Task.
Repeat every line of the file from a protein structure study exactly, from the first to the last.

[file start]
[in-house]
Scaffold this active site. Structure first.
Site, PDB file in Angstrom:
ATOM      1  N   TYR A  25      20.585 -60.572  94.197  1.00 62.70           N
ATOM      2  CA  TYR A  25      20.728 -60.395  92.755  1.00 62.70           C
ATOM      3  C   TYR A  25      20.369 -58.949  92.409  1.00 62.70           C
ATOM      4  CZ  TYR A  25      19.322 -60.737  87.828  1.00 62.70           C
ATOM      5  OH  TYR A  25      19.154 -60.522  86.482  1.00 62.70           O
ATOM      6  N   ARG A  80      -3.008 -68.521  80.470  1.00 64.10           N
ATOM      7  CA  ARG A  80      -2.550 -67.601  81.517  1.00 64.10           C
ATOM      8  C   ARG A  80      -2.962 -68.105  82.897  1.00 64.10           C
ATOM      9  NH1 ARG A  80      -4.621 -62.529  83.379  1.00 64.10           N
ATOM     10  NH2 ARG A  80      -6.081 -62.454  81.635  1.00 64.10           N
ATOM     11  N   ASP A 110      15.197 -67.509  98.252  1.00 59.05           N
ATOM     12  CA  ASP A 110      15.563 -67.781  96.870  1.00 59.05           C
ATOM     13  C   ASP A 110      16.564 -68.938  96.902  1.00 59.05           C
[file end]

[in-house]
Scaffold this active site. Structure first.
Site, PDB file in Angstrom:
ATOM      1  N   TYR A  25      20.585 -60.572  94.197  1.00 62.70           N
ATOM      2  CA  TYR A  25      20.728 -60.395  92.755  1.00 62.70           C
ATOM      3  C   TYR A  25      20.369 -58.949  92.409  1.00 62.70           C
ATOM      4  CZ  TYR A  25      19.322 -60.737  87.828  1.00 62.70           C
ATOM      5  OH  TYR A  25      19.154 -60.522  86.482  1.00 62.70           O
ATOM      6  N   ARG A  80      -3.008 -68.521  80.470  1.00 64.10           N
ATOM      7  CA  ARG A  80      -2.550 -67.601  81.517  1.00 64.10           C
ATOM      8  C   ARG A  80      -2.962 -68.105  82.897  1.00 64.10           C
ATOM      9  NH1 ARG A  80      -4.621 -62.529  83.379  1.00 64.10           N
ATOM     10  NH2 ARG A  80      -6.081 -62.454  81.635  1.00 64.10           N
ATOM     11  N   ASP A 110      15.197 -67.509  98.252  1.00 59.05           N
ATOM     12  CA  ASP A 110      15.563 -67.781  96.870  1.00 59.05           C
ATOM     13  C   ASP A 110      16.564 -68.938  96.902  1.00 59.05           C